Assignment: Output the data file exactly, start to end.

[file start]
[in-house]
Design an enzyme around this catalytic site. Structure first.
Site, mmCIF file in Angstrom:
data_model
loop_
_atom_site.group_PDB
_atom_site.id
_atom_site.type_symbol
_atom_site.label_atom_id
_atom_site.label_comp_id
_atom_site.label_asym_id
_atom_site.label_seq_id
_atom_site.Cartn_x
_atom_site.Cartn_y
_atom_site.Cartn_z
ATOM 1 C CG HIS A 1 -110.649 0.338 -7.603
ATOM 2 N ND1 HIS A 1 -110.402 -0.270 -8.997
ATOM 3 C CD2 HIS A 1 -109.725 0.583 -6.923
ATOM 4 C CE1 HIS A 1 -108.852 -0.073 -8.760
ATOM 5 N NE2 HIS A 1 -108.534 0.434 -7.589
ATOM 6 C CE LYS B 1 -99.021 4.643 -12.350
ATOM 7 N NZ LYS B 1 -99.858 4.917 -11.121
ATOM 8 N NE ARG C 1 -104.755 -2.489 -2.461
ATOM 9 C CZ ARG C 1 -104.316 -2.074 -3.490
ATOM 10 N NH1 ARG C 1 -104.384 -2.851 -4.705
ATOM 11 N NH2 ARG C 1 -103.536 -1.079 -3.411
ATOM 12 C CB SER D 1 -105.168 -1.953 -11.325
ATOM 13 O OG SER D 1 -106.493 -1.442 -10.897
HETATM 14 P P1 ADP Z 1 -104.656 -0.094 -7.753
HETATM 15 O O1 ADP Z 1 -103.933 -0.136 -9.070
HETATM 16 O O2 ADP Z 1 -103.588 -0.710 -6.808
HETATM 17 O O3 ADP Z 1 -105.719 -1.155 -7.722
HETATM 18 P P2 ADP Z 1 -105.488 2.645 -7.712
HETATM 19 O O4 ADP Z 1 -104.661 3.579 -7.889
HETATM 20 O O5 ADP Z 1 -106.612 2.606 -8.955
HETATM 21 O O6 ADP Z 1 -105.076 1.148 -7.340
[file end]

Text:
[in-house]
Design an enzyme around this catalytic site. Structure first.
Site, mmCIF file in Angstrom:
data_model
loop_
_atom_site.group_PDB
_atom_site.id
_atom_site.type_symbol
_atom_site.label_atom_id
_atom_site.label_comp_id
_atom_site.label_asym_id
_atom_site.label_seq_id
_atom_site.Cartn_x
_atom_site.Cartn_y
_atom_site.Cartn_z
ATOM 1 C CG HIS A 1 -110.649 0.338 -7.603
ATOM 2 N ND1 HIS A 1 -110.402 -0.270 -8.997
ATOM 3 C CD2 HIS A 1 -109.725 0.583 -6.923
ATOM 4 C CE1 HIS A 1 -108.852 -0.073 -8.760
ATOM 5 N NE2 HIS A 1 -108.534 0.434 -7.589
ATOM 6 C CE LYS B 1 -99.021 4.643 -12.350
ATOM 7 N NZ LYS B 1 -99.858 4.917 -11.121
ATOM 8 N NE ARG C 1 -104.755 -2.489 -2.461
ATOM 9 C CZ ARG C 1 -104.316 -2.074 -3.490
ATOM 10 N NH1 ARG C 1 -104.384 -2.851 -4.705
ATOM 11 N NH2 ARG C 1 -103.536 -1.079 -3.411
ATOM 12 C CB SER D 1 -105.168 -1.953 -11.325
ATOM 13 O OG SER D 1 -106.493 -1.442 -10.897
HETATM 14 P P1 ADP Z 1 -104.656 -0.094 -7.753
HETATM 15 O O1 ADP Z 1 -103.933 -0.136 -9.070
HETATM 16 O O2 ADP Z 1 -103.588 -0.710 -6.808
HETATM 17 O O3 ADP Z 1 -105.719 -1.155 -7.722
HETATM 18 P P2 ADP Z 1 -105.488 2.645 -7.712
HETATM 19 O O4 ADP Z 1 -104.661 3.579 -7.889
HETATM 20 O O5 ADP Z 1 -106.612 2.606 -8.955
HETATM 21 O O6 ADP Z 1 -105.076 1.148 -7.340